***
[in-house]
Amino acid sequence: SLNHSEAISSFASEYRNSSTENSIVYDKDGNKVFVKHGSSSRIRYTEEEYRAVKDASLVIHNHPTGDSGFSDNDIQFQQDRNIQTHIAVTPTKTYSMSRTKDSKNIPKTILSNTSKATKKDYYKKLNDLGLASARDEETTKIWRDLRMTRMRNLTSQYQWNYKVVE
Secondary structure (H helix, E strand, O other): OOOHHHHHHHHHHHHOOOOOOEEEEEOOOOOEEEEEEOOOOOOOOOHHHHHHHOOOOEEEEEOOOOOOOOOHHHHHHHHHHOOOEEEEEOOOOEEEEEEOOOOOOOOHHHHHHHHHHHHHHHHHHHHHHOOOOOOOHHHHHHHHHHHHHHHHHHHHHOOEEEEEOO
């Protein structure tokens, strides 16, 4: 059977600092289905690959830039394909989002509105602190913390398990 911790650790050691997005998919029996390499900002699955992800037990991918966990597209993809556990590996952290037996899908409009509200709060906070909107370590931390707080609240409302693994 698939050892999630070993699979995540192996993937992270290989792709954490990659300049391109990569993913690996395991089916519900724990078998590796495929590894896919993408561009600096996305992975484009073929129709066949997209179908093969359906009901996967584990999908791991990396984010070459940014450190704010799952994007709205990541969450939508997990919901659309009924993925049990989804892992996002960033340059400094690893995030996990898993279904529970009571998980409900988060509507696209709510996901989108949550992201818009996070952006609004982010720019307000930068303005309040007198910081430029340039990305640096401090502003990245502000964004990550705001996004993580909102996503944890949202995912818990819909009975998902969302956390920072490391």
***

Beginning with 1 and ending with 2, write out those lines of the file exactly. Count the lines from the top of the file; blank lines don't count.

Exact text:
[in-house]
Amino acid sequence: SLNHSEAISSFASEYRNSSTENSIVYDKDGNKVFVKHGSSSRIRYTEEEYRAVKDASLVIHNHPTGDSGFSDNDIQFQQDRNIQTHIAVTPTKTYSMSRTKDSKNIPKTILSNTSKATKKDYYKKLNDLGLASARDEETTKIWRDLRMTRMRNLTSQYQWNYKVVE